I read Sharon Salzbergs "Real Happiness" several months ago, and liked it a lot. I found it to be down to earth, simple and very useful for anyone new to meditation or looking to refresh on the basics. I had already been meditating for almost two years, so I can't say the book was new information for me. I already have a daily practice, and I think the book is primarily aimed at someone looking to get started and build the habit of a daily meditation practice.
That said, I really liked the format of the book, and I immediately bought a copy for a friend who had just started thinking of meditating. I had it drop-shipped to her and she LOVED it! She really found it to be a very easy to read and accessible book. She's not a Buddhist, and is completely new to meditation, so this was a great review coming from her!
I've since recommended it to all of my fledgling Sangha members who are trying to get a regular (regular being the key word) practice going.
|Two Hands Sangh|
Anyhow, last night was the first meditation I had in February and I decided to take part in the challenge. It was interesting and boring as usual. I sat down at 9pm, checked in with the #OMCru (Online Meditation Crew) on Twitter, then launched my Insight Timer app on my iPhone and began my sit.
Almost immediately I had one of those interesting little events that one can experience. As mentioned at the opening of this post, I felt as though I was spiraling backward through blackness, or space, in a slow lazy spiral. In my mind, I could sort of *see* my thoughts - or at least what I perceived as my thoughts - staying where *I* was. It was a very strange thing that I have not experienced before. But the moment I noticed that this was happening, and thought "COOL!" the whole thing slowly evaporated leaving me just sitting there with my eyes closed watching my thoughts come and go as usual. Oh well. One of the things I have read in nearly every book on the subject is not to get attached to these odd little things. They are just part of the mind and ego doing it's thing. Or, as Jack Kornfield's teacher Ajahn Chah told him (from a story in "Bringing Home The Dharma") "Good. Something else to let go of!"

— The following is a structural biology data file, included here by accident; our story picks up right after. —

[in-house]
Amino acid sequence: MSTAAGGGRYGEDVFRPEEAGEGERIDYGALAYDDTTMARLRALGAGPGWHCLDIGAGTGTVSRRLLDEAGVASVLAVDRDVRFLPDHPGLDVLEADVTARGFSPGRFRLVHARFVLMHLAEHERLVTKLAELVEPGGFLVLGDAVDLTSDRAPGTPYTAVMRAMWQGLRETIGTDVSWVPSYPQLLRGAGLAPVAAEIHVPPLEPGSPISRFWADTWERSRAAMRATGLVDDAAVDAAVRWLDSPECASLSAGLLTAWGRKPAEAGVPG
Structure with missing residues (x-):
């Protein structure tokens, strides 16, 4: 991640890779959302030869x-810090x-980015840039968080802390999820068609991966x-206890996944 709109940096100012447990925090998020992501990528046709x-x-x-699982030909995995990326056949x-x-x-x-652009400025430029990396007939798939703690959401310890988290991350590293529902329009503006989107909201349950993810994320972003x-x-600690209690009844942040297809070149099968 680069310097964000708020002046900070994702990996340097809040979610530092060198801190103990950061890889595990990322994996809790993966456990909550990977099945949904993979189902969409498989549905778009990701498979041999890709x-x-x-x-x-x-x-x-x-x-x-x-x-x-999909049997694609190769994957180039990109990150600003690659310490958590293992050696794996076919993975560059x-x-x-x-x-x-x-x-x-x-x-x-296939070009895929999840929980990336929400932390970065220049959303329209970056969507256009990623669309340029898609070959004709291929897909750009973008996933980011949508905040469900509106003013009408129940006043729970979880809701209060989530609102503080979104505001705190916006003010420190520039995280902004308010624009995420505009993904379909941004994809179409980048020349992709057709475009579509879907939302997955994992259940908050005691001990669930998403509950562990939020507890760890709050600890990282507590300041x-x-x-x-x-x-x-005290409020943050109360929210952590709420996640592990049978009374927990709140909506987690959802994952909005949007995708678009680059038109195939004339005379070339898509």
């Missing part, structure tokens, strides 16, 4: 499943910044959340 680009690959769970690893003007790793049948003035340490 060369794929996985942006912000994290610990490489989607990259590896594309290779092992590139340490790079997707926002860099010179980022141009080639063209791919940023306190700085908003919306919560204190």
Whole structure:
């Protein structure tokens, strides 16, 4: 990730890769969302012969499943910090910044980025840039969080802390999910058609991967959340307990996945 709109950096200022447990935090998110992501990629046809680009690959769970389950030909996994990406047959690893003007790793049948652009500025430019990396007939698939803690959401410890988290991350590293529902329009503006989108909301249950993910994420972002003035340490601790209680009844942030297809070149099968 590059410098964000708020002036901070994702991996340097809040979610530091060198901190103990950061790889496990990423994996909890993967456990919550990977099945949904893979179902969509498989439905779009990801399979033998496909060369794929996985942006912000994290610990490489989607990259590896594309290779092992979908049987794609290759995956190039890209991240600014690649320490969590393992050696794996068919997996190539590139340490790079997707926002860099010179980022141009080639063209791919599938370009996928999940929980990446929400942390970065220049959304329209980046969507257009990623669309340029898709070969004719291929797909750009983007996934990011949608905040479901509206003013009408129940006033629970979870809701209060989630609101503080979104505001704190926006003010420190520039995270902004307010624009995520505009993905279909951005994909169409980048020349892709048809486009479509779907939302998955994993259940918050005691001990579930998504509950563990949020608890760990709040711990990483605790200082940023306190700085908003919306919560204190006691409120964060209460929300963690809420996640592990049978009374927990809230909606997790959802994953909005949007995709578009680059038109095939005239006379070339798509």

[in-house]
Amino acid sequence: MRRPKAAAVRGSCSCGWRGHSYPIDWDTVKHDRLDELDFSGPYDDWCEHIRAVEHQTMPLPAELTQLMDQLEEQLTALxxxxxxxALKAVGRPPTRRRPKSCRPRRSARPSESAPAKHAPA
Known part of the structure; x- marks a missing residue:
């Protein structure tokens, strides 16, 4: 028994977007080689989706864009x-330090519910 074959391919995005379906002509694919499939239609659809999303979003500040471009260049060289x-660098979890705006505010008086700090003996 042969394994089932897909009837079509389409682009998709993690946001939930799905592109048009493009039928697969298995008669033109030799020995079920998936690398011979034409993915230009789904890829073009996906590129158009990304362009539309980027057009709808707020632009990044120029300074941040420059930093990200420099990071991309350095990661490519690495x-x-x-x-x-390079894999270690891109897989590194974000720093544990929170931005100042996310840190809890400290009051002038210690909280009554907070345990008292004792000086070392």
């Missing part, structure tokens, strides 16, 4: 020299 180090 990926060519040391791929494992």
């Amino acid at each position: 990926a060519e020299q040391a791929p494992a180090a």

The last half of my sit went by with the usual monkey mind and mindfulness and when it was done, I decided to post a quote from the book "Real Happiness" on my Tumblr site and I also decided that I would blog daily here during February about my daily practice. I imagine most of the posts will be a lot shorter, as my sits are usually more mundane.
Mostly, I hope that anyone reading this might have some curiosity about meditation and choose to join the Meditation challenge. Just because you're late, doesn't mean you can't start! Much more important than the challenge, however, I would highly suggest the book, and I would also HIGHLY suggest finding support wherever you can and getting a daily practice going. The Online Meditation Crew is a PHENOMENAL resource for support, especially if you don't have anyone to practice with in the real world. The folks in the OMCru are more than willing to welcome you and support you with tweets or Facebook or G+ posts. I've made some great friends, even *IRL* friends through it, and it's an invaluable resource you can tap in to for support. If you do take the challenge, and you do use Twitter - perhaps in conjunction with the OMCru - be sure to use the hashtags #RealHappiness and #OMCru to find all the folks doing the same!
So…go to the site, sign up for the challenge, and don't just do something…SIT THERE! ;-)